2. Find a reputable moving company to ensure your items arrive intact and at a reasonable price.

Moving companies are notorious for high prices, changing terms, and not being careful when it comes to the handling of belongings. That’s why it is imperative to find a reputable moving company that will honor your agreement and take care of your assets. When choosing a mover, be sure that the price they provide is based on a comprehensive inventory list and your location. Ask for a price break down so that you can see how much it costs to move each individual item, as well as what the terms are for items you do not end up moving (some will still charge you – read the fine print)! Moving office furniture, computers, and file boxes can be an expensive undertaking, so be sure to compare multiple moving company prices before picking one to use.

3. Rent a top-rated, local self-storage unit to ensure your items remain secure.

With storage units located in cities across the country, self-storage facilities can provide your business with a temporary location to store items when your moving dates do not align. There are other uses for business storage units versus just storing items during an office space move. Note that self-storage units are also a cost-effective storage option for long term inventory, offering a less expensive alternative to renting more industrial or warehouse space. You can compare and reserve nearby self-storage units online for free, easily finding a unit that meets your needs and price point. As with moving companies, please be sure to compare storage prices of different locations prior to reserving a unit to ensure you get the best deal.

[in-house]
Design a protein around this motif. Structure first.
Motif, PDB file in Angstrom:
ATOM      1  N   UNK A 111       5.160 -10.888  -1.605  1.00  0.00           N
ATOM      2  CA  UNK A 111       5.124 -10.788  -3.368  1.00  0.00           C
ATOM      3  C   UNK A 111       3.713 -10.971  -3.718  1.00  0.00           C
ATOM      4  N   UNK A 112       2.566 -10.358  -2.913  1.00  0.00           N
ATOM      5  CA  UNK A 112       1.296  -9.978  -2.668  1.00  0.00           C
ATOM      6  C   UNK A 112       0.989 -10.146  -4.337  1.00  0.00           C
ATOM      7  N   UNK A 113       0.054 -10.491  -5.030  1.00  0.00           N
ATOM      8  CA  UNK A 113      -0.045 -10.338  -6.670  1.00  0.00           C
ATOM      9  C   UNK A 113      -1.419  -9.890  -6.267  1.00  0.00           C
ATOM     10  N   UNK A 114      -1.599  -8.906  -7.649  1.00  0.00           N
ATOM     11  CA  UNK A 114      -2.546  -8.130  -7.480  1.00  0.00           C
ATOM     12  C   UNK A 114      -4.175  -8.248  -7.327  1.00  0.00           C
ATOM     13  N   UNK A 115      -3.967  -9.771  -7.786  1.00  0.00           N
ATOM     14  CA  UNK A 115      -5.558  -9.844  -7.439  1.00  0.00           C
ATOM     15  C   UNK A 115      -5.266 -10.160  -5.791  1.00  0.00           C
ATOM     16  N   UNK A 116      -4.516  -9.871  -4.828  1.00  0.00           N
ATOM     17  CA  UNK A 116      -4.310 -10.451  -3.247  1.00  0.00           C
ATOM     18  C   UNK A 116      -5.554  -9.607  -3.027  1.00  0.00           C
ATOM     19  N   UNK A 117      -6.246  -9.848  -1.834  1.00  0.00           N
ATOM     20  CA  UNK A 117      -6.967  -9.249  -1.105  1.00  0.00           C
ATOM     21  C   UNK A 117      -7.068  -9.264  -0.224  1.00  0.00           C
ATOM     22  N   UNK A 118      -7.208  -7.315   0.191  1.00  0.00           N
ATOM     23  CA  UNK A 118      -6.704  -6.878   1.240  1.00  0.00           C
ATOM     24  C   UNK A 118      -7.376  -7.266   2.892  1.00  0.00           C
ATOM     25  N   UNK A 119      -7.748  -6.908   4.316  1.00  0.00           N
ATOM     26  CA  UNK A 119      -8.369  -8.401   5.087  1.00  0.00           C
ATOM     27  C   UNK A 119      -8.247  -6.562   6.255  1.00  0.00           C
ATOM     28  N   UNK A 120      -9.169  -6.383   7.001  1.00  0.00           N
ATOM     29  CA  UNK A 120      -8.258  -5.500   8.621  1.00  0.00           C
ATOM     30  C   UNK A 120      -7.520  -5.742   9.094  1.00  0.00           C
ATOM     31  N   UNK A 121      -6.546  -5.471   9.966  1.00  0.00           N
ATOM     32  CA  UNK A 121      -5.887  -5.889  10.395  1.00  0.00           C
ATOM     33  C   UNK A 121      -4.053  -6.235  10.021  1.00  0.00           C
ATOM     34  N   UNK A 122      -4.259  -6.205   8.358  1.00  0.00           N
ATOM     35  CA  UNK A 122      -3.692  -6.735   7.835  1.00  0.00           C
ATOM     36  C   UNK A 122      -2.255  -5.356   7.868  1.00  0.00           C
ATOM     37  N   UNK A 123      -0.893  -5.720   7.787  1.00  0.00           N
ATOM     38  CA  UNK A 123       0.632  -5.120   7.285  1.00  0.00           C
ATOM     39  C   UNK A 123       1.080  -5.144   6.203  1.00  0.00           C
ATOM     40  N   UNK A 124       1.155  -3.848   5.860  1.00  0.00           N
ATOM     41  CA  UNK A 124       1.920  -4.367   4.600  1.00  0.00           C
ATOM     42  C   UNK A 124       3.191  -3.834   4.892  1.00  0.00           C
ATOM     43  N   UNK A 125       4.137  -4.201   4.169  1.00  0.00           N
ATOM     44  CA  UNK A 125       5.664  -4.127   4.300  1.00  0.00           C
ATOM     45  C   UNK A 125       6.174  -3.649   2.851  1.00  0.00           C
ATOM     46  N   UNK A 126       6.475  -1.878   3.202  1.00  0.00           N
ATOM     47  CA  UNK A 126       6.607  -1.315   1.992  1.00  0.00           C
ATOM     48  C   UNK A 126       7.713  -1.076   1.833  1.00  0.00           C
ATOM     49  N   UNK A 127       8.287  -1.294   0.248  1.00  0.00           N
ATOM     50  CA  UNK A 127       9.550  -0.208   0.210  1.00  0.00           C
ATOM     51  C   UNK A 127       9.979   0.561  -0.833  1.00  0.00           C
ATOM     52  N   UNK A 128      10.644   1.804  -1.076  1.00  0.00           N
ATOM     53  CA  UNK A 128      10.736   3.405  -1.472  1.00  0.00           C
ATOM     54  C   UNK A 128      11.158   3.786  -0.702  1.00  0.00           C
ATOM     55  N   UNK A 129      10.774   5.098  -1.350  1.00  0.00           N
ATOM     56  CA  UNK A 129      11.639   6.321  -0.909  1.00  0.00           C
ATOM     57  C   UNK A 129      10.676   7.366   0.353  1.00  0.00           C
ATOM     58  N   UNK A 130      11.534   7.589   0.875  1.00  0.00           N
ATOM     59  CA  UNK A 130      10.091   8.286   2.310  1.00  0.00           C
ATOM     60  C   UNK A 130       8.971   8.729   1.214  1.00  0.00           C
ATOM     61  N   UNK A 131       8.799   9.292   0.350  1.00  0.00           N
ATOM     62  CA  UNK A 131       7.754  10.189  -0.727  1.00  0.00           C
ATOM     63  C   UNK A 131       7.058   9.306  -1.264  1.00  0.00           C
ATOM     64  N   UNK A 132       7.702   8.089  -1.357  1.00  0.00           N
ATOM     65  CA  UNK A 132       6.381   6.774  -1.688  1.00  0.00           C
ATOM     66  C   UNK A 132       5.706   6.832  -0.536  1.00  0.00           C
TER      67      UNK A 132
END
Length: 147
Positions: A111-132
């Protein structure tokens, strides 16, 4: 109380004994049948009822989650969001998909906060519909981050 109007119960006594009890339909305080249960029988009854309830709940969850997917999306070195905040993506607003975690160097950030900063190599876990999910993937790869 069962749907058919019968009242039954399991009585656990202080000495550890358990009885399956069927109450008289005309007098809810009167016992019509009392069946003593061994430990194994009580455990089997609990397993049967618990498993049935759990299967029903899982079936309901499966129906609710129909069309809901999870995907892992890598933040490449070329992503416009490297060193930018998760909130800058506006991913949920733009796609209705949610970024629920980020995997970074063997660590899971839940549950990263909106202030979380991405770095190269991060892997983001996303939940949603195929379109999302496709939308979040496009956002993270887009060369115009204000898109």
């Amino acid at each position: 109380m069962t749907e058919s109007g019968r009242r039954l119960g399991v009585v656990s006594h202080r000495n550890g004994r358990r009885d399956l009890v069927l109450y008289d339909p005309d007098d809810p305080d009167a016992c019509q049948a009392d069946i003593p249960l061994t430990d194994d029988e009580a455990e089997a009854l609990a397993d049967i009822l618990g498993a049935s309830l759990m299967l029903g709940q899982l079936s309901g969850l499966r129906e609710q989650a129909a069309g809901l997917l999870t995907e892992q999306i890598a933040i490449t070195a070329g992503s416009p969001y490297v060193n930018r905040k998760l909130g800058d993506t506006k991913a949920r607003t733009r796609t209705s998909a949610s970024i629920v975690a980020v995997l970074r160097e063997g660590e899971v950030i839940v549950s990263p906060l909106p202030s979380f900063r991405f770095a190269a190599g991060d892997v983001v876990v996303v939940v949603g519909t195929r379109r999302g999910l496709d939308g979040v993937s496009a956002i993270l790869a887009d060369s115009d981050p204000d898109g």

Though moving can be quite the hassle, there are many benefits to relocating your office as well. Besides finding and designing office suites that will improve your overall workflow, moving into a new office space provides you with the unique opportunity to clean up and clear out! Take this time to throw away any unused items, organize/archive files, and start fresh! It may be years before you have the chance to go through everything with such detail again.

American Psychologist Theodore Isaac Rubin once said, “Happiness does not come from doing easy work but from the afterglow of satisfaction that comes after the achievement of a difficult task that demanded our best.” When your move is complete, you will be proud of the work your company has achieved, and better yet, the success that is to come.